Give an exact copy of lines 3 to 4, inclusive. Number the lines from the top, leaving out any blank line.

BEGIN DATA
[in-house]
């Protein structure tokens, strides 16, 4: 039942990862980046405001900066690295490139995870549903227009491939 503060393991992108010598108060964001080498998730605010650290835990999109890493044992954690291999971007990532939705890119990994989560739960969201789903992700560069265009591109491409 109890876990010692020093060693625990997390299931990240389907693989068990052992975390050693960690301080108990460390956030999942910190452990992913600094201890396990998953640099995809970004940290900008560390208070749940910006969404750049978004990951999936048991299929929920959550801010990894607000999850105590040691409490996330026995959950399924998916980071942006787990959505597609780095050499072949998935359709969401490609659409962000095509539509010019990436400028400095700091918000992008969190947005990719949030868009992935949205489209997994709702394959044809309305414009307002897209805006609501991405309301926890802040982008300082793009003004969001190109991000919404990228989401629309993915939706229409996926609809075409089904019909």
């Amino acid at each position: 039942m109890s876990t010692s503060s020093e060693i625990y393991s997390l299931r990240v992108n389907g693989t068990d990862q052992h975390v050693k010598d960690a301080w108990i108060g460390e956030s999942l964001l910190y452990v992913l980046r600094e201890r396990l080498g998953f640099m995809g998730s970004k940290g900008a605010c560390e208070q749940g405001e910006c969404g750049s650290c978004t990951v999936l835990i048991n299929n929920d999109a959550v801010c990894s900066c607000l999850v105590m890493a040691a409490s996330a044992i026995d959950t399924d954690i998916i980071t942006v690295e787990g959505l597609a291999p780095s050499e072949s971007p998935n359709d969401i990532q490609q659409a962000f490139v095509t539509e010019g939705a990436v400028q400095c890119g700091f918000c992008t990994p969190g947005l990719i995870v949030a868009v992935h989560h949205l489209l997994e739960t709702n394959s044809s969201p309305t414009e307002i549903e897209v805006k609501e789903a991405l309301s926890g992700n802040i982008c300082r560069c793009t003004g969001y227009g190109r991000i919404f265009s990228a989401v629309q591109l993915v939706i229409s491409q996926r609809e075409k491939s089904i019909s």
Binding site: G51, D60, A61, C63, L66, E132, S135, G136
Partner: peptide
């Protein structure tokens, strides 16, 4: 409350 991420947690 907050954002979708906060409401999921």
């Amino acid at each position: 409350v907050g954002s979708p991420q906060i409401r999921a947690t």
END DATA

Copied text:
């Amino acid at each position: 039942m109890s876990t010692s503060s020093e060693i625990y393991s997390l299931r990240v992108n389907g693989t068990d990862q052992h975390v050693k010598d960690a301080w108990i108060g460390e956030s999942l964001l910190y452990v992913l980046r600094e201890r396990l080498g998953f640099m995809g998730s970004k940290g900008a605010c560390e208070q749940g405001e910006c969404g750049s650290c978004t990951v999936l835990i048991n299929n929920d999109a959550v801010c990894s900066c607000l999850v105590m890493a040691a409490s996330a044992i026995d959950t399924d954690i998916i980071t942006v690295e787990g959505l597609a291999p780095s050499e072949s971007p998935n359709d969401i990532q490609q659409a962000f490139v095509t539509e010019g939705a990436v400028q400095c890119g700091f918000c992008t990994p969190g947005l990719i995870v949030a868009v992935h989560h949205l489209l997994e739960t709702n394959s044809s969201p309305t414009e307002i549903e897209v805006k609501e789903a991405l309301s926890g992700n802040i982008c300082r560069c793009t003004g969001y227009g190109r991000i919404f265009s990228a989401v629309q591109l993915v939706i229409s491409q996926r609809e075409k491939s089904i019909s």
Binding site: G51, D60, A61, C63, L66, E132, S135, G136